I do not have an answer to your question as far as knowing how to do it, how to measure this outside of the body.  The stage I am at for the moment is to be interested in research scientifically done on this subject, knowing if serious research has been conducted up to now, not on the brain activity, as it might just be an interface, but on this possible out-of-the-body activity.
Now, your other question about the use of it : again it is much too soon to pretend knowing the use of it, the idea for the moment is discovering the truth about this, what is and what is not.  If the true proven situation were the distinct existence of the mind or spirit, not necessarily always related to the brain interface to the body, I am interested to know that’s the true situation.  If it’s not and can be scientifically proven so, I am also interested as it would be the true situation.  What to do with it is another point which should not, in my opinion, bear upon truth research willingness.

If my choices were to allocate research money to this silliness or burn it in a trash can, I would elect to burn it in a trash can, reason being that it seems less wasteful.

 
Mike78
 
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Mike78
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24 April 2012 20:02
 
Avogadro’s number - 23 April 2012 06:00 PM

Great post indeed Mike! You out did yourself with that one, and your stuff is always damned good!

cheese

Much love to all…

 
Mike78
 
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Mike78
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24 April 2012 20:09
 
TheBrotherMario - 24 April 2012 08:29 AM

Whenever a person knows nothing about something, or has no personal experience of something, they turn to others for their information.

Thirty-five years ago, I PRAYED for my grandmother (who was a real bitter woman), my mother (who was living in an inner city 3rd floor apartment smoking cigarettes), and my sister (who was a professional woman that didn’t want children). My PRAYER was a daily month-long rosary (all 15 mysteries) that I PRAYED in front of a statue of MARY, the MOTHER OF GOD, while kneeling on a marble floor. During that month all three women took ill and ended up in the hospital. My grandmother had heart trouble, my mother has breathing trouble, and my sister has a mysterious eye illness that doctors never discovered what it was. The results of these illnesses were—my grandmother became a much better person, my mother quit smoking (she is still alive today at 87) was placed (doctor’s orders) to the front of a list of people waiting to get into a wonderful small house in a new development for the elderly (which she did the day she left the hospital), and my sister could not return to work for months, but regain sight in her eye after getting pregnant with my niece.

So pardon me for reading Rob’s post and wanting to shove it up his ass.

This is beautiful.  I mean you prayed for these women for a month, and they all got sick.  Apparently, you have the midas touch of crap when it comes to prayer.  If it were not for the intervention of medical science, who knows, you might have prayed them all to death.  Thank goodness for doctors.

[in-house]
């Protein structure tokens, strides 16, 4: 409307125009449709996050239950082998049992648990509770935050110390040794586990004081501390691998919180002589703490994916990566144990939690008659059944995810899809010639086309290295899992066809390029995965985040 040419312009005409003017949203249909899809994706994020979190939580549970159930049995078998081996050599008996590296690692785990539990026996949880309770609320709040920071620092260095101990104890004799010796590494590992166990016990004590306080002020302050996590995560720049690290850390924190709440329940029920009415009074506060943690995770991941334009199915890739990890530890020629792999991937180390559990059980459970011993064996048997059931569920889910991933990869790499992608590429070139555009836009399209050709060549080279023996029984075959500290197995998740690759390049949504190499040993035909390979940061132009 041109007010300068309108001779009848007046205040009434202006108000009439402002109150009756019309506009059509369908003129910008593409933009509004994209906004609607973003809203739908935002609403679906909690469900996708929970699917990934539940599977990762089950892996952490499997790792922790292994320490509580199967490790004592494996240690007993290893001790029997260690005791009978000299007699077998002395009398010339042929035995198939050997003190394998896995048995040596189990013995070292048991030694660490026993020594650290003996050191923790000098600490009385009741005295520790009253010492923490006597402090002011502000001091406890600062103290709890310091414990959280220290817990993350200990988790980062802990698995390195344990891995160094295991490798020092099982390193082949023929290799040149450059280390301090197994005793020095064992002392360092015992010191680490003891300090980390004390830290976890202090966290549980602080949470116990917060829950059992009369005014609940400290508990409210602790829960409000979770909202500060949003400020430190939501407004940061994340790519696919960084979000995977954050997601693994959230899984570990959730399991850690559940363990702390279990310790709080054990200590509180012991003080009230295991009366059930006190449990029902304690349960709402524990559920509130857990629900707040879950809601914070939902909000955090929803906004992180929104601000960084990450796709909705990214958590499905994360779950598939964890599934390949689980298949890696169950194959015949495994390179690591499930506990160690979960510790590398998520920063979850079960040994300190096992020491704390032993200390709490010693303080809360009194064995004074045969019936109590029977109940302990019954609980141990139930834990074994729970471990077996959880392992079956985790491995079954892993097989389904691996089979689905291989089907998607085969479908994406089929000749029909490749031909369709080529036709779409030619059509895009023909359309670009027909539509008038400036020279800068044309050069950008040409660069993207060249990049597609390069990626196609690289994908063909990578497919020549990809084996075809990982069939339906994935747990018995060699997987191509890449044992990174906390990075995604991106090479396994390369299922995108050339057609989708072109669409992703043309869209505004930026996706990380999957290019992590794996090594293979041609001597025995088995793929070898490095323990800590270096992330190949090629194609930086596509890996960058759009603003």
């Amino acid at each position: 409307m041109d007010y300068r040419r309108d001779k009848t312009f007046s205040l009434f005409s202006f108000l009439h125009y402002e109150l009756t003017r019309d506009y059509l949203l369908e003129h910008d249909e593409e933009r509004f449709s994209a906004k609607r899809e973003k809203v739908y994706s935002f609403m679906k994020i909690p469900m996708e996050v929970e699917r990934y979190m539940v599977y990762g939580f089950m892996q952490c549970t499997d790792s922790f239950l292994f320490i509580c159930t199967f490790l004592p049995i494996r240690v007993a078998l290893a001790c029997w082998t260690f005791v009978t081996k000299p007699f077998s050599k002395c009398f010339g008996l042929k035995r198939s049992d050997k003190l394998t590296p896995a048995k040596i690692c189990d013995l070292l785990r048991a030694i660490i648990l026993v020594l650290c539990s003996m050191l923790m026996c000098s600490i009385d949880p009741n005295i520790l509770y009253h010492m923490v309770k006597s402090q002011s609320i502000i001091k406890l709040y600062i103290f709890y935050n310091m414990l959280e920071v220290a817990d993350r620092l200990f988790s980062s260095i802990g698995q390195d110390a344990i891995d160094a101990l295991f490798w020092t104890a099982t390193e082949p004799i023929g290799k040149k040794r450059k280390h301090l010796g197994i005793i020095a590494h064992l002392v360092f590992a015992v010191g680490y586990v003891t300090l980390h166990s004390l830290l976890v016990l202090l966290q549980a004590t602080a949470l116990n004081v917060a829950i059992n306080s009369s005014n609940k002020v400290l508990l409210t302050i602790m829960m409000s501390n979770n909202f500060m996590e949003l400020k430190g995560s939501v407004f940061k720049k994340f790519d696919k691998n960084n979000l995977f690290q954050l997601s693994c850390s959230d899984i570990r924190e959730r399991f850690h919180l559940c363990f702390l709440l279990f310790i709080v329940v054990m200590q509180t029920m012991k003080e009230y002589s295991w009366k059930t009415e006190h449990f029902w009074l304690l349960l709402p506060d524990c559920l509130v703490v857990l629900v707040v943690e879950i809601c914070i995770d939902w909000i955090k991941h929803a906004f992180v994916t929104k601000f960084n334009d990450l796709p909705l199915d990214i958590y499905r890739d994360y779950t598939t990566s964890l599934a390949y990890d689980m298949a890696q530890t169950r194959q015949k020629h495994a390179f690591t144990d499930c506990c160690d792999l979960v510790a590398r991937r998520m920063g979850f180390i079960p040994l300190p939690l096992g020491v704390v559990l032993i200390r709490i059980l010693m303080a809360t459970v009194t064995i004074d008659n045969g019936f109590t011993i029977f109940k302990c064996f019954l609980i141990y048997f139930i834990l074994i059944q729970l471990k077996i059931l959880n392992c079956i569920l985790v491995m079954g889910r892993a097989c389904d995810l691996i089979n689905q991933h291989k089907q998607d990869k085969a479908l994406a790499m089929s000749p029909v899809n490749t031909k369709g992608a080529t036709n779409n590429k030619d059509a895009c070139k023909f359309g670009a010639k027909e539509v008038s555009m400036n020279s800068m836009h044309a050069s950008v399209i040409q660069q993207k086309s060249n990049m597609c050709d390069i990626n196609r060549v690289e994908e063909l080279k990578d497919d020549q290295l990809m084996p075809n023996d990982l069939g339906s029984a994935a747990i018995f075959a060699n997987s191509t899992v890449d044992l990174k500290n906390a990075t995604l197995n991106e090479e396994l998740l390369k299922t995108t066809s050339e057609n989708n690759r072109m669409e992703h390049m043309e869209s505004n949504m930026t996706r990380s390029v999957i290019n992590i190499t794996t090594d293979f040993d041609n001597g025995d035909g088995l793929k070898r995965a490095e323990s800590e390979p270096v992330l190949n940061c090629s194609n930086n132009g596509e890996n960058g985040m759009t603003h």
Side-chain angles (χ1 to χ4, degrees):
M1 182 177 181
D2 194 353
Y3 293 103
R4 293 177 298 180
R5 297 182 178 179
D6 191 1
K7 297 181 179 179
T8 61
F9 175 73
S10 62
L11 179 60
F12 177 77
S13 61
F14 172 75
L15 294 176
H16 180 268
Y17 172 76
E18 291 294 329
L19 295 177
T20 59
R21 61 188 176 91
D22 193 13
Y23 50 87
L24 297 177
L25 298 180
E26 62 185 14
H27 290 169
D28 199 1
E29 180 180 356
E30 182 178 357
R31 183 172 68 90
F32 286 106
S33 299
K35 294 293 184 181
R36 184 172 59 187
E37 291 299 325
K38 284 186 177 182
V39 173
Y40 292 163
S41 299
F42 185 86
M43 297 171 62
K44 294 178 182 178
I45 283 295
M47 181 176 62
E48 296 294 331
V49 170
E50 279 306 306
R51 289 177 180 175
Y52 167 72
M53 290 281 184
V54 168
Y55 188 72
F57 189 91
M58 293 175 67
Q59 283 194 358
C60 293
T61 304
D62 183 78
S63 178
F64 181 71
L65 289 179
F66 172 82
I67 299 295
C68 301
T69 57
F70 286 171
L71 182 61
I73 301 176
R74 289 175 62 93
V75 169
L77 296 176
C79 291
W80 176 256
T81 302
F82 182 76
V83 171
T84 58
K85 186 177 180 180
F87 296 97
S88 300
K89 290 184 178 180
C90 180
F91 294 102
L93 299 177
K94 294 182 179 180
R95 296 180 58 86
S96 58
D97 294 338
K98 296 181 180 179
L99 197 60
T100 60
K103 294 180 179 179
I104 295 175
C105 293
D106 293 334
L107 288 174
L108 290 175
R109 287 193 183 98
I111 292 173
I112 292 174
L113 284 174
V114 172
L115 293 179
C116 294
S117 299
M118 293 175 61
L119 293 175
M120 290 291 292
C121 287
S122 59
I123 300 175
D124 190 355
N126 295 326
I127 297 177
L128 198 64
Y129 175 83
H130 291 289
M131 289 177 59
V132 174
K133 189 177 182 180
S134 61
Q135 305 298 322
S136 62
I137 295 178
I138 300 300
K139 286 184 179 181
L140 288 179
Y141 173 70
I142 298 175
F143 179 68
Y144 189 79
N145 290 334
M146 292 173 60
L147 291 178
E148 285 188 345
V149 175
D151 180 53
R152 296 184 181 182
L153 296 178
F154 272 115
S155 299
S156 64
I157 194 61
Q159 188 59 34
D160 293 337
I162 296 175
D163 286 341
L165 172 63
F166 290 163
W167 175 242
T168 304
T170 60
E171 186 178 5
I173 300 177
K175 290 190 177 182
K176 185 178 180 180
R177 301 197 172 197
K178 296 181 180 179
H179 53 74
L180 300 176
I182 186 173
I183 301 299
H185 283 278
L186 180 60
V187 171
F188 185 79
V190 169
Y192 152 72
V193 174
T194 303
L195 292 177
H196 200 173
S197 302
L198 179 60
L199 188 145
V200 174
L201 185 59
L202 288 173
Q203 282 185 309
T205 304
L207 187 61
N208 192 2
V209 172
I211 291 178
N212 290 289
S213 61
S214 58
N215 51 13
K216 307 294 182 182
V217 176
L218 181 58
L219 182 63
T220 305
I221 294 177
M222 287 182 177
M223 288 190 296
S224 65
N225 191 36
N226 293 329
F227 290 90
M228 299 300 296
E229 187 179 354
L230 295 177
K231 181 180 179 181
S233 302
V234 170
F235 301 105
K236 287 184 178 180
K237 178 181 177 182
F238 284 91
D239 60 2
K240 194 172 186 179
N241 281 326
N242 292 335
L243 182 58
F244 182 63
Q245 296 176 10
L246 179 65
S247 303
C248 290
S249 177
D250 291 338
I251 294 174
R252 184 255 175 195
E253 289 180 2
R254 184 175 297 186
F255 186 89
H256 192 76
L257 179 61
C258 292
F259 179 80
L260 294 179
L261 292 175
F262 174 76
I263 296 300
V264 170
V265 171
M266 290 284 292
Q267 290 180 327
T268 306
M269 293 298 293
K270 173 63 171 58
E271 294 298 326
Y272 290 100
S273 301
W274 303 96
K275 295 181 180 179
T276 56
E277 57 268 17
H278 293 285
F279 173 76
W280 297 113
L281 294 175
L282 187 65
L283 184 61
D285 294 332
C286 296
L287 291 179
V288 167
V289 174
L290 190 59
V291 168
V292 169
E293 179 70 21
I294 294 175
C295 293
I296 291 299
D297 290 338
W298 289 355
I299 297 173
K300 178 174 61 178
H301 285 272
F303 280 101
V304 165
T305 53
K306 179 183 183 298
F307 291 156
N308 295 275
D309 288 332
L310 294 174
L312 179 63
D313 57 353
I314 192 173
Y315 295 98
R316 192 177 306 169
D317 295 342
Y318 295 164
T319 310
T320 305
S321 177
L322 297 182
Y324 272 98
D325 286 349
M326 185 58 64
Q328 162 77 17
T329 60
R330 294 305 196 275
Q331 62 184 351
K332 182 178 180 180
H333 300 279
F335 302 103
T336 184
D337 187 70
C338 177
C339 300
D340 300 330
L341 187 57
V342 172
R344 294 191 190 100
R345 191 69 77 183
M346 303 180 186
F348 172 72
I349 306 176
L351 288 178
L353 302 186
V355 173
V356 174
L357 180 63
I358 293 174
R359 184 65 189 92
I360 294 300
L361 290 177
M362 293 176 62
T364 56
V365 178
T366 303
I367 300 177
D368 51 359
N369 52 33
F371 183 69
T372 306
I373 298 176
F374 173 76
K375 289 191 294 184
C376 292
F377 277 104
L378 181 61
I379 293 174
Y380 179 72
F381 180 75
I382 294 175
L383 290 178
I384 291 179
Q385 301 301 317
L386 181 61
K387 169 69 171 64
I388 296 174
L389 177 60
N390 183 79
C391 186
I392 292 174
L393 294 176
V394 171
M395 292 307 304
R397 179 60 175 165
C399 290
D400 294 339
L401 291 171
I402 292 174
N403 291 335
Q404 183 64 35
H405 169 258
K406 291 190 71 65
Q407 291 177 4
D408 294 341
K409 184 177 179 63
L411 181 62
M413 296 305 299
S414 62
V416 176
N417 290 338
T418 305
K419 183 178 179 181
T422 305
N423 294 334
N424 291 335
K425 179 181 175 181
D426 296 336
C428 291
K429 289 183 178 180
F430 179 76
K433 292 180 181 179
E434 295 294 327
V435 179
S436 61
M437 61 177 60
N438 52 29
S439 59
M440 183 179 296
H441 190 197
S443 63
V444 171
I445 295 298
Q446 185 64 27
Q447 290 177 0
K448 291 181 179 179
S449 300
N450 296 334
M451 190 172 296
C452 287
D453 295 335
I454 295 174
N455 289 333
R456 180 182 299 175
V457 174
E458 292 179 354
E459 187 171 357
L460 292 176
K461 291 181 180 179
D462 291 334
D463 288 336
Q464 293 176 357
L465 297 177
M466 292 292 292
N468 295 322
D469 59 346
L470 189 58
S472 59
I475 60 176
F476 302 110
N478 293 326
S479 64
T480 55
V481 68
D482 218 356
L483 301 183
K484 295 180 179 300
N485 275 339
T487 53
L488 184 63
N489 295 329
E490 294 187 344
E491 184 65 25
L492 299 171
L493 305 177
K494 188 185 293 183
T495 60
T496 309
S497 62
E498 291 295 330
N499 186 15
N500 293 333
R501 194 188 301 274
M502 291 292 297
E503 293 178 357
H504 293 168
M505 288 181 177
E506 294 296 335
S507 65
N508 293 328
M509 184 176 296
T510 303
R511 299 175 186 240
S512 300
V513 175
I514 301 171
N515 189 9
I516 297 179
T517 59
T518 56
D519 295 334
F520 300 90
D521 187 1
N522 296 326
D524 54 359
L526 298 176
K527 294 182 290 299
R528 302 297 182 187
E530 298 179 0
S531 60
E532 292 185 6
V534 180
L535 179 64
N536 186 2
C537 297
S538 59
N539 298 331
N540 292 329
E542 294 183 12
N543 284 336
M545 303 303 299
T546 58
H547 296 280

hannahtoo
 
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hannahtoo
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25 April 2012 01:59
 

One theory about OBE is that it is a temporary malfunction of our sense of connection with our body.  We don’t often think about having this sense, but it is what enables us to know that it is our hands typing on the computer and our feet touching the ground as we walk.  When this sense is thrown off, by anesthesia or illness or other factors, a person can feel outside his own body.

I learned about this in the book “The Ego Tunnel” by neurologist T Metzinger.

 
Agua
 
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Agua
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25 April 2012 02:39
 
hannahfriend - 24 April 2012 11:59 PM

One theory about OBE is that it is a temporary malfunction of our sense of connection with our body.  We don’t often think about having this sense, but it is what enables us to know that it is our hands typing on the computer and our feet touching the ground as we walk.  When this sense is thrown off, by anesthesia or illness or other factors, a person can feel outside his own body.

I learned about this in the book “The Ego Tunnel” by neurologist T Metzinger.

OK. But what if the OBE person is capable of perceiving things actually happening out of his normal usual senses’ spatial range ?  For instance when the OBE person is in a coma, has his body in the ambulance going to the hospital and yet can hear the whole conversation his friends are having in the car following the ambulance ?  Would Metzinger hypothesis embrass this situation ?

 
GAD
 
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GAD
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25 April 2012 06:02
 
Agua - 25 April 2012 12:39 AM
hannahfriend - 24 April 2012 11:59 PM

One theory about OBE is that it is a temporary malfunction of our sense of connection with our body.  We don’t often think about having this sense, but it is what enables us to know that it is our hands typing on the computer and our feet touching the ground as we walk.  When this sense is thrown off, by anesthesia or illness or other factors, a person can feel outside his own body.

I learned about this in the book “The Ego Tunnel” by neurologist T Metzinger.

OK. But what if the OBE person is capable of perceiving things actually happening out of his normal usual senses’ spatial range ?  For instance when the OBE person is in a coma, has his body in the ambulance going to the hospital and yet can hear the whole conversation his friends are having in the car following the ambulance ?  Would Metzinger hypothesis embrass this situation ?

Didn’t happen. OBE is like psychics and lottery numbers.